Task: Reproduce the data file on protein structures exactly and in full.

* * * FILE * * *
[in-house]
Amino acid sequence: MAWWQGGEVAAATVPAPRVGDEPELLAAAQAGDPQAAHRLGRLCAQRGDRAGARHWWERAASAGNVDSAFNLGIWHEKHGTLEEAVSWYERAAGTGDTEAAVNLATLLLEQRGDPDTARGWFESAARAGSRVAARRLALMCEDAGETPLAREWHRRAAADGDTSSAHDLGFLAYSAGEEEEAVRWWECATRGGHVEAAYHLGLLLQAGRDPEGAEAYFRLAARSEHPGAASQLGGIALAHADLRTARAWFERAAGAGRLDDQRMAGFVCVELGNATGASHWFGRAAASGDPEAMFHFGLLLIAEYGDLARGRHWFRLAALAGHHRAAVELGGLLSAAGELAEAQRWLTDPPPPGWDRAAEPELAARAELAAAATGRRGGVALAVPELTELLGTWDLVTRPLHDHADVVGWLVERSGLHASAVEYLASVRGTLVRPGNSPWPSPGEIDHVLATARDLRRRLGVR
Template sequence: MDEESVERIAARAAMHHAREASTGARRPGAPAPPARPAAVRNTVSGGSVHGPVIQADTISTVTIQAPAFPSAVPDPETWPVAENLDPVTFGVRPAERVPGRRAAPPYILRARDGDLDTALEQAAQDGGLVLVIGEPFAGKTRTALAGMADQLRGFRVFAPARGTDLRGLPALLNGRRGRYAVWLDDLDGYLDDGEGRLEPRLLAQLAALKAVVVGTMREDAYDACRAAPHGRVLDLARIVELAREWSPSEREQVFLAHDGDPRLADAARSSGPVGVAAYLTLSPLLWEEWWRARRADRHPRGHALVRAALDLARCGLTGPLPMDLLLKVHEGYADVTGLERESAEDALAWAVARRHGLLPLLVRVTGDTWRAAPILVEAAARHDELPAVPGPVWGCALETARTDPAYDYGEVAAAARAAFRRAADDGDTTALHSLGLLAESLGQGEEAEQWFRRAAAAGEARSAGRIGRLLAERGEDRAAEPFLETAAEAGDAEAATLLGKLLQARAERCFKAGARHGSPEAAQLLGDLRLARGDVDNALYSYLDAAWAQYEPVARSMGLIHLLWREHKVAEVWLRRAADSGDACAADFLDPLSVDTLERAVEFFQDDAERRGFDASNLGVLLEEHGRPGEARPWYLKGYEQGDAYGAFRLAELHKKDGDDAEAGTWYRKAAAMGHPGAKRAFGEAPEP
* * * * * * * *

[in-house]
Amino acid sequence: MAWWQGGEVAAATVPAPRVGDEPELLAAAQAGDPQAAHRLGRLCAQRGDRAGARHWWERAASAGNVDSAFNLGIWHEKHGTLEEAVSWYERAAGTGDTEAAVNLATLLLEQRGDPDTARGWFESAARAGSRVAARRLALMCEDAGETPLAREWHRRAAADGDTSSAHDLGFLAYSAGEEEEAVRWWECATRGGHVEAAYHLGLLLQAGRDPEGAEAYFRLAARSEHPGAASQLGGIALAHADLRTARAWFERAAGAGRLDDQRMAGFVCVELGNATGASHWFGRAAASGDPEAMFHFGLLLIAEYGDLARGRHWFRLAALAGHHRAAVELGGLLSAAGELAEAQRWLTDPPPPGWDRAAEPELAARAELAAAATGRRGGVALAVPELTELLGTWDLVTRPLHDHADVVGWLVERSGLHASAVEYLASVRGTLVRPGNSPWPSPGEIDHVLATARDLRRRLGVR
Template sequence: MDEESVERIAARAAMHHAREASTGARRPGAPAPPARPAAVRNTVSGGSVHGPVIQADTISTVTIQAPAFPSAVPDPETWPVAENLDPVTFGVRPAERVPGRRAAPPYILRARDGDLDTALEQAAQDGGLVLVIGEPFAGKTRTALAGMADQLRGFRVFAPARGTDLRGLPALLNGRRGRYAVWLDDLDGYLDDGEGRLEPRLLAQLAALKAVVVGTMREDAYDACRAAPHGRVLDLARIVELAREWSPSEREQVFLAHDGDPRLADAARSSGPVGVAAYLTLSPLLWEEWWRARRADRHPRGHALVRAALDLARCGLTGPLPMDLLLKVHEGYADVTGLERESAEDALAWAVARRHGLLPLLVRVTGDTWRAAPILVEAAARHDELPAVPGPVWGCALETARTDPAYDYGEVAAAARAAFRRAADDGDTTALHSLGLLAESLGQGEEAEQWFRRAAAAGEARSAGRIGRLLAERGEDRAAEPFLETAAEAGDAEAATLLGKLLQARAERCFKAGARHGSPEAAQLLGDLRLARGDVDNALYSYLDAAWAQYEPVARSMGLIHLLWREHKVAEVWLRRAADSGDACAADFLDPLSVDTLERAVEFFQDDAERRGFDASNLGVLLEEHGRPGEARPWYLKGYEQGDAYGAFRLAELHKKDGDDAEAGTWYRKAAAMGHPGAKRAFGEAPEP